Defender: Alfie Mawson
Shorn of Gylfi Sigurdsson and Fernando Llorente, Swansea were arguably always going to struggle for goals this season – and so it has proved: at the time of writing, no Premier League team has scored less often.
Lucky for them, then, that nine teams have conceded more. Although in the case of Alfie Mawson, it may be more judgement than luck. Mawson is not only the key figure in that defence, he’s also been Swansea's finest performer overall. Strong in the air and comfortable in possession, the ex-Barnsley man has emerged as the Welsh outfit’s on-field leader.
Defender: James Tarkowski
When Burnley sold Michael Keane – beyond Sean Dyche, perhaps their most important figure as they successfully avoided relegation last season – it was widely felt that a return to the Championship had become almost inevitable. Yet the Clarets have once again exceeded expectations and require just one more point to qualify for the Europa League.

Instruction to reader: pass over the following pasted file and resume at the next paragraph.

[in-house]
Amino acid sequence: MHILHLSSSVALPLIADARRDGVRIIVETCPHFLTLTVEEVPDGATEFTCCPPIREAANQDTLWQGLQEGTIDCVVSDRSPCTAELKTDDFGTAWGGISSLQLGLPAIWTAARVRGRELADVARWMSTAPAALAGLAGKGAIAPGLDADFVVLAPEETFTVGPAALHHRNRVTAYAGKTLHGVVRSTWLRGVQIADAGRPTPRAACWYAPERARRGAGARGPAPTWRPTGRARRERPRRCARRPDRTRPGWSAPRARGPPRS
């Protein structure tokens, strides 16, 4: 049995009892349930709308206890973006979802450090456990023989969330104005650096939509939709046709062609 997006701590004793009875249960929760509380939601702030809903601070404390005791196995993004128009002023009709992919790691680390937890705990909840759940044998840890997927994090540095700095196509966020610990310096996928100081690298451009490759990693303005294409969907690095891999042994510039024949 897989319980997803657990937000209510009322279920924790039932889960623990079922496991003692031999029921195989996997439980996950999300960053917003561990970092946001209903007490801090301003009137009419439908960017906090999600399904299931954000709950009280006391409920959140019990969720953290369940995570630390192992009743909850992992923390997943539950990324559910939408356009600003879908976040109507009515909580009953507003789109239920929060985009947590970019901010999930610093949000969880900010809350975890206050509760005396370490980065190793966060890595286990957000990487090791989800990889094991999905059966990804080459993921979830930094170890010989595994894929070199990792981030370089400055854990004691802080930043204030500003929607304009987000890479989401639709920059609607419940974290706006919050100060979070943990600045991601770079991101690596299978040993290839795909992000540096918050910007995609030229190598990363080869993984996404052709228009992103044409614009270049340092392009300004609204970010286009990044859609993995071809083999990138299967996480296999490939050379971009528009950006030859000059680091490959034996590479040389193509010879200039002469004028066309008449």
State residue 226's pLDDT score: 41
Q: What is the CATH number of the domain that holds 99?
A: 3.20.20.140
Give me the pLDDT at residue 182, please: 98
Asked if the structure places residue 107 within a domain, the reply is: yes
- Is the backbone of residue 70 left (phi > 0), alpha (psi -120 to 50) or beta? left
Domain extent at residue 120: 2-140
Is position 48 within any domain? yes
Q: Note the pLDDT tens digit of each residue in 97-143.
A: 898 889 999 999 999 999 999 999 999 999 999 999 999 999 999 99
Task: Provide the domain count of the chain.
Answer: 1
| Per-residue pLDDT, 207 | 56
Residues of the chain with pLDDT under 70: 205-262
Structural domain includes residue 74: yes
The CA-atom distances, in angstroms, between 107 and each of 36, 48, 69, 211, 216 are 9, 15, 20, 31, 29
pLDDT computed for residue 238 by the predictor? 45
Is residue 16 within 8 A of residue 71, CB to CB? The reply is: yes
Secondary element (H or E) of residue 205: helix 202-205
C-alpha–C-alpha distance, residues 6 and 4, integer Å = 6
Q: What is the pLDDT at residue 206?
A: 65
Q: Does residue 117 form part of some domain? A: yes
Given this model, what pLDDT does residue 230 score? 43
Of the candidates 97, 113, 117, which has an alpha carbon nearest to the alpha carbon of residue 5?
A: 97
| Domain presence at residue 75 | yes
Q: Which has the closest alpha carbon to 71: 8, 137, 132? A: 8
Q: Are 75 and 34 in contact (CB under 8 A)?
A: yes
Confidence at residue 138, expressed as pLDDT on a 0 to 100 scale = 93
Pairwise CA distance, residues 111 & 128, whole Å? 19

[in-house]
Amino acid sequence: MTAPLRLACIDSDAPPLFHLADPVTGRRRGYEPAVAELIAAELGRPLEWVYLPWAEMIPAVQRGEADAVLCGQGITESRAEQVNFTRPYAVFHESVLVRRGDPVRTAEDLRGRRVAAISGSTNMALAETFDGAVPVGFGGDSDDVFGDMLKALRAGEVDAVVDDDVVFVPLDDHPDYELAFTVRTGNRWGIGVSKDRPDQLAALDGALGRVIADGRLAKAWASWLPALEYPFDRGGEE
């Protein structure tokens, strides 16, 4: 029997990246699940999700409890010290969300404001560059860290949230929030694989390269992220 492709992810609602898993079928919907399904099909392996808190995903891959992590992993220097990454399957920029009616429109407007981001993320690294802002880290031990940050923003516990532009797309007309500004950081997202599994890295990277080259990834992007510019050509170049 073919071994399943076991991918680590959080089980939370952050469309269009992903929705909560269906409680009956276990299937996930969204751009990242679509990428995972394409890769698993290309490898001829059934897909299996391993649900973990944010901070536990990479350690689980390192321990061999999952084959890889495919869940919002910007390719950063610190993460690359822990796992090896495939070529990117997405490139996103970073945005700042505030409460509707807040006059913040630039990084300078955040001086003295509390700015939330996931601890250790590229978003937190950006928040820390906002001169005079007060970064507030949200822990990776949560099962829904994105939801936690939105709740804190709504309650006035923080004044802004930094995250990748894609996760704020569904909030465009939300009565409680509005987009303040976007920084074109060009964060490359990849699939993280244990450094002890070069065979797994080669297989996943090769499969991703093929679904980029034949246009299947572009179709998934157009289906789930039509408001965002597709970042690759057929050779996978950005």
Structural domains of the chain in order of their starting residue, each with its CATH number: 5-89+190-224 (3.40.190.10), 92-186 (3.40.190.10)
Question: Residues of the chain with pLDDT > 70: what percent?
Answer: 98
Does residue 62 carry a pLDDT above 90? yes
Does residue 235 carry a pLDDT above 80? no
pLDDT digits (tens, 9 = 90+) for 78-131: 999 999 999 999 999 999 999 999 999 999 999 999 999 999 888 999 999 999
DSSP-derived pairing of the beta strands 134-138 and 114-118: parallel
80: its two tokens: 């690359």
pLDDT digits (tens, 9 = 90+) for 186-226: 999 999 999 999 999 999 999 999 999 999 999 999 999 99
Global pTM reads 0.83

While Keane's reputation has suffered at Everton, Tarkowski has convincingly replaced him and been equally important in the division's fourth-strongest defence. He could be rewarded with a place in England’s World Cup squad this summer.
Midfielder: Christian Eriksen
Tottenham's talented midfielder has excelled so much that he’s arguably outshone even Harry Kane, the scorer of 37 goals in all competitions this term. Eriksen's extraordinary vision and abilities have long been recognised, but even though he’d already become one of Spurs' key figures, this is the season in which he’s truly fulfilled his potential.
The 26-year-old has demonstrated the desire and consistency which has elevated his masterful technique – culminating in 10 goals and as many assists so far in 2017-18.
Midfielder: Kevin De Bruyne